I was on twitter this morning. I usually check it most mornings, even when I don’t tweet something new. This morning, I saw a tweet from Leonard Sweet (@lensweet) mentioning a colleague’s blog on discipleship. I’ve been doing a fair bit of thinking about discipleship in our church lately and how to cultivate a culture of missional discipleship. So Sweet’s tweet caught my attention. I clicked the link and was drawn in quite quickly. It’s honestly one of the more well thought out blog posts I’ve come across this year. Bryce Ashlin Mayo reflects quite profoundly on a post-industrial call to discipleship, exposing and critiquing the church’s insistence on efficiency in discipleship making. Playing off a brilliantly done Chipotle video on returning to sustainability, he invites his readers to consider what it might look like to pursue discipleship more organically. He even draws on the tendency toward uniformity over diversity through the greenhouse industry, recognize that the same potential for a “greenhouse disease” exists in the Christian church as much as it does in the agricultural industry. Continue reading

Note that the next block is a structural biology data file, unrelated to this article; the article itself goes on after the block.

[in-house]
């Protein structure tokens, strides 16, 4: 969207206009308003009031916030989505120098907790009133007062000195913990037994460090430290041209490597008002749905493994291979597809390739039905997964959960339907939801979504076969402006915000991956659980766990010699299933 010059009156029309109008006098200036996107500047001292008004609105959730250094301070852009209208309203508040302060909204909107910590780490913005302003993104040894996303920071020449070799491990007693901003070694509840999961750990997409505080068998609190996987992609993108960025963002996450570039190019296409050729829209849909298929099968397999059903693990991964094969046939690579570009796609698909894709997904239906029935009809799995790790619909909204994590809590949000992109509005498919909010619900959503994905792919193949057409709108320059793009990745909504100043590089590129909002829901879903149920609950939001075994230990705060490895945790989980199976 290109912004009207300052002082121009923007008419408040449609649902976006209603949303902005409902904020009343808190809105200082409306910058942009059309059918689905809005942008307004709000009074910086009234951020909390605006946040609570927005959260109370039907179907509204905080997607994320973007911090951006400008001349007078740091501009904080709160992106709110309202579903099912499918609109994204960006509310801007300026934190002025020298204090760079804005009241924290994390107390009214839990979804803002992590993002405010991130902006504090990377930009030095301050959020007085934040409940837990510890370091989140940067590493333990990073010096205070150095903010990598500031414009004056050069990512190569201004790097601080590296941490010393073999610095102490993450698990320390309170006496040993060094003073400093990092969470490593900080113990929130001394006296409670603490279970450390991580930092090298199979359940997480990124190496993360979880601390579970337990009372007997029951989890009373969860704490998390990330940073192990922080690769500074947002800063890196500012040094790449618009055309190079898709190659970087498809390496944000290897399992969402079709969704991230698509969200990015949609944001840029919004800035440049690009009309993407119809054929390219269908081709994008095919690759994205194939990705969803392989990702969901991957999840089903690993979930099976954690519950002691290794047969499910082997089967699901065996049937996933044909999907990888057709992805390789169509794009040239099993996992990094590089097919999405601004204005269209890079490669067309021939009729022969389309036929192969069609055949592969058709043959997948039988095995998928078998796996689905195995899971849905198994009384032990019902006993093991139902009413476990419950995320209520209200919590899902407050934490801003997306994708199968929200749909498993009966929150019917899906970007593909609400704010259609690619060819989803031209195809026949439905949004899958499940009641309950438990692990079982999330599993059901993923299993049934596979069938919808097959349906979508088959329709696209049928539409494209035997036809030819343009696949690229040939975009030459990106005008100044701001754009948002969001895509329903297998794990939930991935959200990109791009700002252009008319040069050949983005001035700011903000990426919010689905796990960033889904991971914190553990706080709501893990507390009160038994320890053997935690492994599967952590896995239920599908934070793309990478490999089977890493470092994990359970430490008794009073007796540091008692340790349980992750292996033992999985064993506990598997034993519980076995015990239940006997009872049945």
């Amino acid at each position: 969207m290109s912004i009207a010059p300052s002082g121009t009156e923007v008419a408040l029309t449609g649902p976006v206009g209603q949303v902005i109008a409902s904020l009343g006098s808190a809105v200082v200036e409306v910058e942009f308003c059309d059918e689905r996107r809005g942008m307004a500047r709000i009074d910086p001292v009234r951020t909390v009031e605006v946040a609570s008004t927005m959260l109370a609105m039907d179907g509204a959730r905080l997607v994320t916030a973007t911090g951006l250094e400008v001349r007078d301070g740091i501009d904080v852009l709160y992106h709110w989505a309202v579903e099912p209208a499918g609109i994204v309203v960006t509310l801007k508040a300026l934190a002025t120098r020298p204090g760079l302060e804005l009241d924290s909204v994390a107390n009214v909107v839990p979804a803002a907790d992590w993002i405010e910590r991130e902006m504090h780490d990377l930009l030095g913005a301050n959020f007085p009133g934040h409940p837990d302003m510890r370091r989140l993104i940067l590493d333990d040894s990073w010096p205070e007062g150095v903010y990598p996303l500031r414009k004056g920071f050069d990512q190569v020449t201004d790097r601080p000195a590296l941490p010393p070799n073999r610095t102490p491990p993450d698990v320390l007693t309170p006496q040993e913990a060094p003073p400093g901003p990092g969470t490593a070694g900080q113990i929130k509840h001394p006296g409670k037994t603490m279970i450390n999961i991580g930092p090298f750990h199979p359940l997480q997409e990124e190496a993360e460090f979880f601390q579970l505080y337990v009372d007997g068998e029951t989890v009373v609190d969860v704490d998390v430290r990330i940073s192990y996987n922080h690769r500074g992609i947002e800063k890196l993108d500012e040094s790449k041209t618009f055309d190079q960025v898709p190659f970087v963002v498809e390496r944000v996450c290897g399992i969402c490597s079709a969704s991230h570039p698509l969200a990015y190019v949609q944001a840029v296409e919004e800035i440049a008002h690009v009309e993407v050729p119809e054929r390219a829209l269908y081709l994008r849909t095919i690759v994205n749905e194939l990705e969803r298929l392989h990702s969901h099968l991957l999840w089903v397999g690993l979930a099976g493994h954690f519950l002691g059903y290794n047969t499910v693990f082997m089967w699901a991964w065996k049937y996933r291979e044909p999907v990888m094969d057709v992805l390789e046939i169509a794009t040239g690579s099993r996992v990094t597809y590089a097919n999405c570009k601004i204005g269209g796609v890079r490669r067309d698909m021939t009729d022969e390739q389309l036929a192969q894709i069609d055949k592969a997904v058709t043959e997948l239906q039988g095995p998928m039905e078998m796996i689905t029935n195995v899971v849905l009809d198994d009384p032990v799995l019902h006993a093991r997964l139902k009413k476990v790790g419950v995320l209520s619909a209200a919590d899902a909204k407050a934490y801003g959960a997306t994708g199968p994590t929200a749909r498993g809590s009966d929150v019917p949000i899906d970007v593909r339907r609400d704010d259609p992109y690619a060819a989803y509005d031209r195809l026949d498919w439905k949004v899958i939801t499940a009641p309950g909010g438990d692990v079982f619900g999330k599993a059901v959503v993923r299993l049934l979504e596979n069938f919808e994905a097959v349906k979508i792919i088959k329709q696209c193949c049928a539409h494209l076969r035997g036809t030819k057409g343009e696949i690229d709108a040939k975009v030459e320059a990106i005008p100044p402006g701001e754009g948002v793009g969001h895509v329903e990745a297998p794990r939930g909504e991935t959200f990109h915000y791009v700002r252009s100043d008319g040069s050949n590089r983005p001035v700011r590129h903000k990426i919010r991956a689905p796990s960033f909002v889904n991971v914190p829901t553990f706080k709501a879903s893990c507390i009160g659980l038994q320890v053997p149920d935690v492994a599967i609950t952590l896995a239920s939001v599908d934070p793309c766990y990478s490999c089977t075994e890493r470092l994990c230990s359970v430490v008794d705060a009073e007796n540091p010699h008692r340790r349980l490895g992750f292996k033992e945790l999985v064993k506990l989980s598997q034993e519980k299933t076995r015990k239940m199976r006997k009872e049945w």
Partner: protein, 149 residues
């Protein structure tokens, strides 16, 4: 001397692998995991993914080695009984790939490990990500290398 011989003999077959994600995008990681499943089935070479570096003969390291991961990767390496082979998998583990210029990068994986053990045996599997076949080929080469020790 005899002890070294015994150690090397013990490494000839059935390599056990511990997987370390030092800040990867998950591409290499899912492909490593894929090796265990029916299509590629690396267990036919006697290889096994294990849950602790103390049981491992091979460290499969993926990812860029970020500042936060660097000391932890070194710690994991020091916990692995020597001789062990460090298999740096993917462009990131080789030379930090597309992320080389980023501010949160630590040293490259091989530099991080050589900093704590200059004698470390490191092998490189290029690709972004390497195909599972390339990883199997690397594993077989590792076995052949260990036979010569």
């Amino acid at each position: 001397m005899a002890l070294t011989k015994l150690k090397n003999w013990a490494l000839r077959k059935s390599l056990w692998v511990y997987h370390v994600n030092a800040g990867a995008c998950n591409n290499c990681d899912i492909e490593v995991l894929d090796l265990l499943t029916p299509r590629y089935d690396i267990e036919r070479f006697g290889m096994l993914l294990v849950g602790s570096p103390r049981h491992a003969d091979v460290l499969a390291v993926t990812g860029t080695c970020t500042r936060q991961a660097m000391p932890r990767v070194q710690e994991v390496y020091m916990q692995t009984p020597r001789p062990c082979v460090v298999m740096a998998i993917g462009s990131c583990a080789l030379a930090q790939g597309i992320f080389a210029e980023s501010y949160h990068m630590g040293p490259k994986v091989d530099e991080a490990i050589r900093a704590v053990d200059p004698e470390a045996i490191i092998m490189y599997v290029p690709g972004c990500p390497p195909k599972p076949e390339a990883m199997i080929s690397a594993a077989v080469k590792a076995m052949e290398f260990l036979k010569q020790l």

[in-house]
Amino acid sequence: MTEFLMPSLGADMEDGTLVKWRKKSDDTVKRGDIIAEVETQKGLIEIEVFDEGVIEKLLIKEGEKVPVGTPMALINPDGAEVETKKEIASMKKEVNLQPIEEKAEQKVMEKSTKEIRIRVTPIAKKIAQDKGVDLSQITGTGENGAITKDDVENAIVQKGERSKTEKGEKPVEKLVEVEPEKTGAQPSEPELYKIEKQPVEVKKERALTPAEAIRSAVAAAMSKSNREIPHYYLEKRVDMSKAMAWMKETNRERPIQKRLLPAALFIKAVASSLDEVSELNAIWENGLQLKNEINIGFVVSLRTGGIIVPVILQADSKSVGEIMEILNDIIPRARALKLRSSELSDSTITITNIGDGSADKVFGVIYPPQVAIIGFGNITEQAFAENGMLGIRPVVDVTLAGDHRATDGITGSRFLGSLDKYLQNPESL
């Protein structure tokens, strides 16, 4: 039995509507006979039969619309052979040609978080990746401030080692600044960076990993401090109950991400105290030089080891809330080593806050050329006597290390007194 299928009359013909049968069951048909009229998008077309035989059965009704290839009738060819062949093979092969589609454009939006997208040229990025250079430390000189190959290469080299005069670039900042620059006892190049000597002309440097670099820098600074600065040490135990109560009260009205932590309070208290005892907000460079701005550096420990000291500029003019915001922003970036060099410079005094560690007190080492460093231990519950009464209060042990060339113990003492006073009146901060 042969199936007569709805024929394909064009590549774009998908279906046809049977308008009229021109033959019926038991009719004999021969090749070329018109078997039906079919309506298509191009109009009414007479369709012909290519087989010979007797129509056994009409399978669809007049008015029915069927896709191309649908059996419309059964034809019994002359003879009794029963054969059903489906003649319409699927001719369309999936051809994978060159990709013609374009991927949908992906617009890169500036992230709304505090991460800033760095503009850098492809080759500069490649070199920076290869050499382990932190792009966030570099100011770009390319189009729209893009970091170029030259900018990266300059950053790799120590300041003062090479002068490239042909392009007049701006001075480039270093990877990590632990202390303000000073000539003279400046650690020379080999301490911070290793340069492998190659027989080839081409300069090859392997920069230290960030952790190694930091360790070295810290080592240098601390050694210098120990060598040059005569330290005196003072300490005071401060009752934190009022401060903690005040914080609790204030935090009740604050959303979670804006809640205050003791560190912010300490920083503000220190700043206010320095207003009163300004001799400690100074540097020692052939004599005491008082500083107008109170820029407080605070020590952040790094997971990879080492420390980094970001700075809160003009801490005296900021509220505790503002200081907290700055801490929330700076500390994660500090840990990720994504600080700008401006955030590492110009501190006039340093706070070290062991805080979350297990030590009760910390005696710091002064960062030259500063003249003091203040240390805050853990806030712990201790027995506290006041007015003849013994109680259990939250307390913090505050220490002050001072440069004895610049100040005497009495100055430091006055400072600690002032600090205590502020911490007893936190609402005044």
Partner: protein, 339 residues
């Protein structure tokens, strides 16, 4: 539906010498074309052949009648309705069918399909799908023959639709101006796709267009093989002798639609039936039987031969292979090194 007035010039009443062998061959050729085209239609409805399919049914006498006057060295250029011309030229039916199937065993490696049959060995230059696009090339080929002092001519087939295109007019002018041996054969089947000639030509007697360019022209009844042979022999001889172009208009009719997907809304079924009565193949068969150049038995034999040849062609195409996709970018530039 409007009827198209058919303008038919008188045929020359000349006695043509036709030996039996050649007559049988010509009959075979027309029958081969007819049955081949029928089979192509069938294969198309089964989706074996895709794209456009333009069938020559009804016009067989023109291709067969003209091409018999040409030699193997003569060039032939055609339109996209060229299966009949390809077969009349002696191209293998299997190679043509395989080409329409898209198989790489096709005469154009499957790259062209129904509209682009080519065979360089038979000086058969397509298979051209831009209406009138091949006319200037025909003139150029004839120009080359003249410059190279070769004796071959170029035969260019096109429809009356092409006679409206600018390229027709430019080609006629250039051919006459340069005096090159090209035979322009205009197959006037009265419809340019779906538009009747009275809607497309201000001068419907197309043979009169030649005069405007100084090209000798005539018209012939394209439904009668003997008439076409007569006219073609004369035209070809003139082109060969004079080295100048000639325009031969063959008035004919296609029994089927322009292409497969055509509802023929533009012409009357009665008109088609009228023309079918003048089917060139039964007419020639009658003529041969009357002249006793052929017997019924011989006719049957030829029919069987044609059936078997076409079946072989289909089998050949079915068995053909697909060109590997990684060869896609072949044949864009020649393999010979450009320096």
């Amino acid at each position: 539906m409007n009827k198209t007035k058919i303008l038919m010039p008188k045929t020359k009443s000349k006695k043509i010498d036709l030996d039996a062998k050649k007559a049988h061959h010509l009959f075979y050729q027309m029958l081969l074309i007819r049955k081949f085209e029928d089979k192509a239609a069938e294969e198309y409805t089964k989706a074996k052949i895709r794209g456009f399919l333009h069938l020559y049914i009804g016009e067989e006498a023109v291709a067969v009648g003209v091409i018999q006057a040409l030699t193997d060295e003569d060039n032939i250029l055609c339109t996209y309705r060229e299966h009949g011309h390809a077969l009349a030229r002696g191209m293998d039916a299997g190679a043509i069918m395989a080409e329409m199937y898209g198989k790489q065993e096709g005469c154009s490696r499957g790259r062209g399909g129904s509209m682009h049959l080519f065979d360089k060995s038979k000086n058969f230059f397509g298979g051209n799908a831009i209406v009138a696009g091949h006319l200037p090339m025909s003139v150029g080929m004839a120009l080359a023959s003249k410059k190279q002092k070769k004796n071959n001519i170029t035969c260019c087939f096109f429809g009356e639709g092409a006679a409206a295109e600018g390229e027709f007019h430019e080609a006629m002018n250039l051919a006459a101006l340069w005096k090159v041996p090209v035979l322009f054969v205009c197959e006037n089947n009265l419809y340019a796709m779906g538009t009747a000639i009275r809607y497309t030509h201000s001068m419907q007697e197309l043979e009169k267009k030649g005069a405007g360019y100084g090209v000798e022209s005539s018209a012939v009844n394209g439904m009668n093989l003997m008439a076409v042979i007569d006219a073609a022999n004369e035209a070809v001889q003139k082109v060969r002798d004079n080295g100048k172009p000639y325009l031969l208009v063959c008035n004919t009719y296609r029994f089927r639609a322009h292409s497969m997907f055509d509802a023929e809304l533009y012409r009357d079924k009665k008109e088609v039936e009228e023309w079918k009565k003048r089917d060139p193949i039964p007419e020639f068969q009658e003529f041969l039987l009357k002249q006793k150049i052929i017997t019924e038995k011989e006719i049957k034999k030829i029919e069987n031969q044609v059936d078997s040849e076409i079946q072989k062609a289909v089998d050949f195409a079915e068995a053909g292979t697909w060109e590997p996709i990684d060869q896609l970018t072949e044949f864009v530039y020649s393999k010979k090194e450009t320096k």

I’ve been working my way through the Blackwell Companion to Christian Ethics (2nd edition, Hauerwas and Wells) the last couple days. The book is an extended argument for the integral nature of worship and ethics. It’s pretty costly book, but certainly worth encouraging a library near you to pick up.
In chapter 5, “Gathering: Worship, Imagination, and Formation,” Philip Kenneson writes: ”Every human life is an embodied argument about what things are worth doing, who or what is worthy of attention, who or what is worthy of allegiance and sacrifice, and what projects or endeavors are worthy of human energies. In short, every human life is “ bent ” toward something. Every human life is an act of worship.”
The question I am left pondering this morning is: “What embodied argument am I making by the way I live my life about who is worthy to be worshiped?” It’s a good question to ask from time to time and answering honestly means paying close attention to the rhythms and patterns of my days and weeks. Some rhythms are more obvious – gathering for worship on Sundays, nightly family dinners; some I would guess are less so. To really answer this question, I need the insight and perspective of those around me. I wonder how my wife and our children would answer this question? I wonder what reviewing my calendar or my bank statements would reveal? I wonder what my neighbors and friends and others in my church would observe? Continue reading